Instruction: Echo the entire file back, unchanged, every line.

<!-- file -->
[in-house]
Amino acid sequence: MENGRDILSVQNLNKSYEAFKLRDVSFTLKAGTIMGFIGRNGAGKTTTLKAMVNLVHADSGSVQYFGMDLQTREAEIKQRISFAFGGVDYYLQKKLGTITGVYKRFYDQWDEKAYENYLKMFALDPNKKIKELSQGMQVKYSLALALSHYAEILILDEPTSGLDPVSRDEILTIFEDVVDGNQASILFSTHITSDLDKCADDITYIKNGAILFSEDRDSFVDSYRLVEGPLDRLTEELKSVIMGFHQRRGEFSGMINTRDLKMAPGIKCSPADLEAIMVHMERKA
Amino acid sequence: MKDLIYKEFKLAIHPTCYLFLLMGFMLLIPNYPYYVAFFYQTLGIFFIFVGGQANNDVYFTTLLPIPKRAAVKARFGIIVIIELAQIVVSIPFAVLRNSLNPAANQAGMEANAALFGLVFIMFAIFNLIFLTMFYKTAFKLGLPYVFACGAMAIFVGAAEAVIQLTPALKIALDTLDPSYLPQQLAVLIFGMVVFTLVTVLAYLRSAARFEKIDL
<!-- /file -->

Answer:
[in-house]
Amino acid sequence: MENGRDILSVQNLNKSYEAFKLRDVSFTLKAGTIMGFIGRNGAGKTTTLKAMVNLVHADSGSVQYFGMDLQTREAEIKQRISFAFGGVDYYLQKKLGTITGVYKRFYDQWDEKAYENYLKMFALDPNKKIKELSQGMQVKYSLALALSHYAEILILDEPTSGLDPVSRDEILTIFEDVVDGNQASILFSTHITSDLDKCADDITYIKNGAILFSEDRDSFVDSYRLVEGPLDRLTEELKSVIMGFHQRRGEFSGMINTRDLKMAPGIKCSPADLEAIMVHMERKA
Amino acid sequence: MKDLIYKEFKLAIHPTCYLFLLMGFMLLIPNYPYYVAFFYQTLGIFFIFVGGQANNDVYFTTLLPIPKRAAVKARFGIIVIIELAQIVVSIPFAVLRNSLNPAANQAGMEANAALFGLVFIMFAIFNLIFLTMFYKTAFKLGLPYVFACGAMAIFVGAAEAVIQLTPALKIALDTLDPSYLPQQLAVLIFGMVVFTLVTVLAYLRSAARFEKIDL